In this interview Lidi Grimaldi, Managing Director, Interbrand Milan talks to us about the findings of the recent Interbrand Best Global Brands 2020 Report. From building brand resilience, exploring time and space as a luxury commodity to personal achievements and brands leading the way in leaving a legacy with purpose – you’re in for a fascinating read.

Resets and resilience is very much a theme that runs throughout each brand view point within the report. What are the key challenges luxury brands face when trying to ‘reset’?

Lidi Grimaldi: Resets and resilience are keywords for any brands considering the time we are going through, though we should be careful that they do not become buzzwords. I believe the key challenge for luxury brands lies in being able to listen and truly connect with their constituents. These brands have to be able to address people’s expectations, be they consumers, employees or society at large. Luxury brands have to be able to create relevant meaning.

And are there any strategic routes that particularly stand out for you in terms of building brand resilience?

Lidi Grimaldi: During crises, great brands navigate responsively, following a clear trajectory towards a concrete ambition. But they also retain the ability to move and flex rapidly when needed.

In practical terms, I believe the resilience for brands today means being brave enough to move outside of their comfort zone and reinvent themselves, and even their own business model if needed.

That said, I also believe brand resilience is an effect not a cause. The real engine behind successful companies is creating a sense of belonging with a strong, shared company culture. Creating and nurturing this culture – based on a clear and shared ambition and strong behaviours – is the basis of everything these days.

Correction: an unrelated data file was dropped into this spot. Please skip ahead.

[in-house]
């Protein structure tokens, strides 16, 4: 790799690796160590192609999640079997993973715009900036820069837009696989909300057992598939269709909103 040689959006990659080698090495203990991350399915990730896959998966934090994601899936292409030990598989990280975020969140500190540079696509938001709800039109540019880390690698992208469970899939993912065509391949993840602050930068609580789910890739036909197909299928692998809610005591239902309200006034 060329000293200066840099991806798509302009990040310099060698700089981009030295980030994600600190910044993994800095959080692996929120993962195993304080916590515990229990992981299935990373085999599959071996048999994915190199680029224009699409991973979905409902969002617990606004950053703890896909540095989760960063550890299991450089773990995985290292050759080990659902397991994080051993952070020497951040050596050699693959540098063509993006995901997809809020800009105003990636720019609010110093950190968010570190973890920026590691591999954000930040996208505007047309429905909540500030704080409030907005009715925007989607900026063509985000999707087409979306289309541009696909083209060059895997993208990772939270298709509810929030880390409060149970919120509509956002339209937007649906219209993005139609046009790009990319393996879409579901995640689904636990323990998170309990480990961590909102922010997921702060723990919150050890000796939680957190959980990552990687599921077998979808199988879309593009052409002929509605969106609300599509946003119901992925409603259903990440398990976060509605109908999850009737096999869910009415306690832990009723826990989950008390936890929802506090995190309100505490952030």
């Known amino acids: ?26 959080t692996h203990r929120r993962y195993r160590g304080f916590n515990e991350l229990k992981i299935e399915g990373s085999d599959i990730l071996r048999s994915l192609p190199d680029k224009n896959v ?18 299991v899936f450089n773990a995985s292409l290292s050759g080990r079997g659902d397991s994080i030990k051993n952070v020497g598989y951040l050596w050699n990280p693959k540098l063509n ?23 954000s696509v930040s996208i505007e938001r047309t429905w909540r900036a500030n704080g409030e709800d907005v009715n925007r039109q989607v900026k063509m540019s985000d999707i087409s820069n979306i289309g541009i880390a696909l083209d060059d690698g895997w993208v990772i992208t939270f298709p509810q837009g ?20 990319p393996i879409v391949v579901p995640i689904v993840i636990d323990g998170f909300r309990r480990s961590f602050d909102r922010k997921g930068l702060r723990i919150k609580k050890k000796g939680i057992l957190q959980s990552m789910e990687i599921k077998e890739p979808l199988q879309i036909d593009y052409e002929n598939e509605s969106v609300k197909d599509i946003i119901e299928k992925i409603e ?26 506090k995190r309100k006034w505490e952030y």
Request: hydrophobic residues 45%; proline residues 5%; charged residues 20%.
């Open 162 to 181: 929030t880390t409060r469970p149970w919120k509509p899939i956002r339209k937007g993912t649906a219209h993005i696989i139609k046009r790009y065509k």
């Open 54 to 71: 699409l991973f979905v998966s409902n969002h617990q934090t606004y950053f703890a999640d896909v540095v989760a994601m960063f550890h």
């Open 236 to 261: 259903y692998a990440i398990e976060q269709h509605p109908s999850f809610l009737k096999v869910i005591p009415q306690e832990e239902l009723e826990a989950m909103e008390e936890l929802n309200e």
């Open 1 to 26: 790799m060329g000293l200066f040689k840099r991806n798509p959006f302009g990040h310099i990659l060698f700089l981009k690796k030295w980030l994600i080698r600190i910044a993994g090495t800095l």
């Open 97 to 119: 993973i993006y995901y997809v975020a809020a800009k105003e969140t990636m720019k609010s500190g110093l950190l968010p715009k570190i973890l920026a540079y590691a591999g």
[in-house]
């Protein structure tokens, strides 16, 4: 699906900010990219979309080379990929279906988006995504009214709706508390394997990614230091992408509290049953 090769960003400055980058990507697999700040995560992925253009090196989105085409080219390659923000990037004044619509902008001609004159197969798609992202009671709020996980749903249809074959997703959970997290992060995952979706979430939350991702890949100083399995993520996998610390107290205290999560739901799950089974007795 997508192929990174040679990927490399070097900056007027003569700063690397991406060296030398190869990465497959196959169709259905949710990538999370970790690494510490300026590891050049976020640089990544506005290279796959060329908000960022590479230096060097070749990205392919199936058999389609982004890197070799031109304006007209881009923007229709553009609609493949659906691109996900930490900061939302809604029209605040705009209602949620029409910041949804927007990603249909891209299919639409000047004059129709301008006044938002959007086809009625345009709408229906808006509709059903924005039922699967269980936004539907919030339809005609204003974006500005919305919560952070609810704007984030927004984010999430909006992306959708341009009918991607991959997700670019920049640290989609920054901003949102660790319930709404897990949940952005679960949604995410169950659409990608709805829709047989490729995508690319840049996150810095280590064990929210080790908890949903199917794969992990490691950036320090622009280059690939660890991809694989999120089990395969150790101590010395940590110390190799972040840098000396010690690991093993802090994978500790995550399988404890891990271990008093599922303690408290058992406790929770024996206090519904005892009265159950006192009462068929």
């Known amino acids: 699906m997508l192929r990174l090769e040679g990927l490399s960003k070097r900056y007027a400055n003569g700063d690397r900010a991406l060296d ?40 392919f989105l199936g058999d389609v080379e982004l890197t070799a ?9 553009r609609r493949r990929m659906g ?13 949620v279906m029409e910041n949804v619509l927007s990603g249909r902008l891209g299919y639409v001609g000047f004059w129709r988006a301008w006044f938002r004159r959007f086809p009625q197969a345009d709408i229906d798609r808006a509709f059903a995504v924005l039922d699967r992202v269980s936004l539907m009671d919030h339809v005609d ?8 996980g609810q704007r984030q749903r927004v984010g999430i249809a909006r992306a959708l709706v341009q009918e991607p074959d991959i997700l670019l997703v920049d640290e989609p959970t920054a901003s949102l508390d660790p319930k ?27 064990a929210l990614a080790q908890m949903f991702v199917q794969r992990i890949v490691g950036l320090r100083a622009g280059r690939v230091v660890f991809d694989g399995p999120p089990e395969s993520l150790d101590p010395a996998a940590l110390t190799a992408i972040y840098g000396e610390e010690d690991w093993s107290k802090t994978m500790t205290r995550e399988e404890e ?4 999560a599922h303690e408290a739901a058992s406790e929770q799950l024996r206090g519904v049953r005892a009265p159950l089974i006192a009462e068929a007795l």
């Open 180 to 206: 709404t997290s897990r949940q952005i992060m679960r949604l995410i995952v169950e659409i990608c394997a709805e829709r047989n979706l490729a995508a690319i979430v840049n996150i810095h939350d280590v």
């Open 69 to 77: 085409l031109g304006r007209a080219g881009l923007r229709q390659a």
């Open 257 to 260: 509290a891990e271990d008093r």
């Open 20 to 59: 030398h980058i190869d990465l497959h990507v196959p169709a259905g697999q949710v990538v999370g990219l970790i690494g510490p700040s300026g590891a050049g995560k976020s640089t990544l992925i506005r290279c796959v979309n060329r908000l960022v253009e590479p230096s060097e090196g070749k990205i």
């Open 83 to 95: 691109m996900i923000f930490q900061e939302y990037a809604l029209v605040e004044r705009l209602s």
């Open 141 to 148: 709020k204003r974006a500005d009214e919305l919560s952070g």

Great brands are made of people. Brands are not resilient in themselves, their people are. But the people need to be given the means to build their own resilience, for the sake of the brand.

During a crisis, however, leaders are the ones who take the lead and adapt. Not every employee or even brand will be ready or willing to take on that role. As Charles Darwin said, “It is not the strongest of the species that survive, nor the most intelligent, but the one most responsive to change.”

And are there any strategic routes that particularly stand out for you in terms of building brand resilience?

Lidi Grimaldi: During crises, great brands navigate responsively, following a clear trajectory towards a concrete ambition. But they also retain the ability to move and flex rapidly when needed.

In practical terms, I believe the resilience for brands today means being brave enough to move outside of their comfort zone and reinvent themselves, and even their own business model if needed.

That said, I also believe brand resilience is an effect not a cause. The real engine behind successful companies is creating a sense of belonging with a strong, shared company culture. Creating and nurturing this culture – based on a clear and shared ambition and strong behaviours – is the basis of everything these days.

Great brands are made of people. Brands are not resilient in themselves, their people are. But the people need to be given the means to build their own resilience, for the sake of the brand.

During a crisis, however, leaders are the ones who take the lead and adapt. Not every employee or even brand will be ready or willing to take on that role. As Charles Darwin said, “It is not the strongest of the species that survive, nor the most intelligent, but the one most responsive to change.”

Connections and communications have been identified as key factors that will help brands thrive. These factors are fundamental to building any sense of loyalty between a brand and its customer base. How do you think these have evolved over the years (and during the Covid pandemic) from both the brand and the consumer perspective?

Lidi Grimaldi: There is no longer a one-way communications channel between brands and consumers. The rise of fake news and new communications channels has necessitated a more collaborative and communicative relationship between brands and consumers. Today, people are at the heart of brands.